Morton's neuroma

Morton’s neuroma is a build-up of benign (non-cancerous) tissue in the nerves running between the long bones of the foot. Morton’s neuroma occurs when two bones rub together and squeeze the nerve between them. Most often, neuromas develop between the bones leading to the third and fourth toes. Morton’s neuroma often causes swelling, tenderness, and pain. If the pain becomes severe, it may cause tingling, numbness, and burning in the toes. It usually occurs after standing or walking for a long period of time. Treatment for this condition may involve rest and/or a change in footwear that does not restrict the foot. If the problem persists, cortisone injections and/or surgery may be considered.


    A hammertoe is a condition in which the toe buckles, causing the middle joint of the affected toe to poke out. This condition is often aggravated by tight-fitting shoes that put pressure on the hammertoe. Often a corn develops at this site. Treatment for hammertoes may include:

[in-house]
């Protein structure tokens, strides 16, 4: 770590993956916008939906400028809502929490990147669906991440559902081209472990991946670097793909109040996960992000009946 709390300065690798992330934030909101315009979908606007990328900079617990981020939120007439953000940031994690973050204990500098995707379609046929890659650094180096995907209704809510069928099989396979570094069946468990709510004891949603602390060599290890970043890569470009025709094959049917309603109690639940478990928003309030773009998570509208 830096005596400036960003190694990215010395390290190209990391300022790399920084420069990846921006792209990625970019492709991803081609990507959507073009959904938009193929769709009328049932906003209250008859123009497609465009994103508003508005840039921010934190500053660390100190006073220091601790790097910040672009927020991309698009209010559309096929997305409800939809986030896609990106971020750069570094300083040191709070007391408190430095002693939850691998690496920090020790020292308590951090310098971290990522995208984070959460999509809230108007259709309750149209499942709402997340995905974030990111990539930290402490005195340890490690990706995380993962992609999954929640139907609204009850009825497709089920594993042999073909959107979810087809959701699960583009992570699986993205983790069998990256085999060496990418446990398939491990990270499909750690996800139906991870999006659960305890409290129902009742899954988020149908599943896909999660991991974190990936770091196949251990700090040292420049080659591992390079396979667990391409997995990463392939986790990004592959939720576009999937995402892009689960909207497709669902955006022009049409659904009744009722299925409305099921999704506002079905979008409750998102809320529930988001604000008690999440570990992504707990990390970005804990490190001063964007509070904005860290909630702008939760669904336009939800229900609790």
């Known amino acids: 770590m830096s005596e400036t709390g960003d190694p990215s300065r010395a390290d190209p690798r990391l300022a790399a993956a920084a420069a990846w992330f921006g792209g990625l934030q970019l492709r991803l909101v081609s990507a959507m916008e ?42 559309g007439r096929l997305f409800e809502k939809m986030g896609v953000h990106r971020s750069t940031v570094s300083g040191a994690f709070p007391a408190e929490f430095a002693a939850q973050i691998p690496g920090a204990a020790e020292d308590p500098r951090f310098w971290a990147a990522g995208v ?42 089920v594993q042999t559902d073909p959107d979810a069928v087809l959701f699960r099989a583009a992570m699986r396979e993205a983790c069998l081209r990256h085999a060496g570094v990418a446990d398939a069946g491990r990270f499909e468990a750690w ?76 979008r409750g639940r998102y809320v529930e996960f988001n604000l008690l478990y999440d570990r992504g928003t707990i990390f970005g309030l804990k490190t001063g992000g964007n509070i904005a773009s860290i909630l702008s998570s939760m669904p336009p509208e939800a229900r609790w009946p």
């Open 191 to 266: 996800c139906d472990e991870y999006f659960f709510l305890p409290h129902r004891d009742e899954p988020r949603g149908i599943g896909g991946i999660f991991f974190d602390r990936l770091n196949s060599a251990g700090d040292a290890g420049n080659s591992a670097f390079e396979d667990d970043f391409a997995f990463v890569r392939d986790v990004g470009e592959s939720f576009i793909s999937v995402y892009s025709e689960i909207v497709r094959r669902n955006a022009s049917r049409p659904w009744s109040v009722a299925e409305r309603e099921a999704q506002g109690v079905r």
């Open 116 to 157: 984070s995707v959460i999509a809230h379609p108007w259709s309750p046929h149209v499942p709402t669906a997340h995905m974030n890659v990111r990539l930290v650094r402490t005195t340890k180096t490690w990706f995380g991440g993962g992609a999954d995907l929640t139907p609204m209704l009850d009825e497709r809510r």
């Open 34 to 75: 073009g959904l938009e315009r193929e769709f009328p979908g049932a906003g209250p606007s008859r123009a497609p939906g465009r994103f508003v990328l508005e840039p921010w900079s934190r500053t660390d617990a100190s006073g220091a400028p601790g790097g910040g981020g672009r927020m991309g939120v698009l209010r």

• applying a toe pad specially positioned over the bony protrusion
    • changing your footwear to accommodate the deformed toe
    • surgical removal

Ankle Sprain

    An ankle sprain is an injury to the foot’s ligaments in the ankle. Ligaments are tough bands of elastic tissue that connect bones to each other. An ankle sprain can occur when the ankle rolls outward (with the sole of the foot facing the other foot). Causes of an ankle sprain may include weak muscles, loose ligaments, or shoes with spiked heels. The symptoms of a sprain depend of the severity of the injury – how much the ligaments have stretched or torn. Symptoms may include swelling, pain, and bruising. Treatment will depend on the severity of the sprain, but may include:

    • wrapping the ankle with elastic bandage or tape
    • ice pack application (to reduce inflammation)
    • elevating the ankle
    • gradual return to walking and exercise
    • a walking cast (for moderate sprains)
    • surgery (for severe sprains)
    • physical therapy

Foot Fracture

    With 38 bones in a single foot, almost any of them can be broken. Many fractures do not require surgery, or even a cast, as they will heal on their own with some support. When a foot is fractured, the site of the fracture usually is painful and swollen. The site of the fracture will determine the course of treatment, if necessary, including the following:

    • ankle joint fractures
    • These fractures may be serious and require immediate medical attention. Ankle fractures usually require a cast, and some may require surgery if the bones are too separated or misaligned.
    • metatarsal bone fractures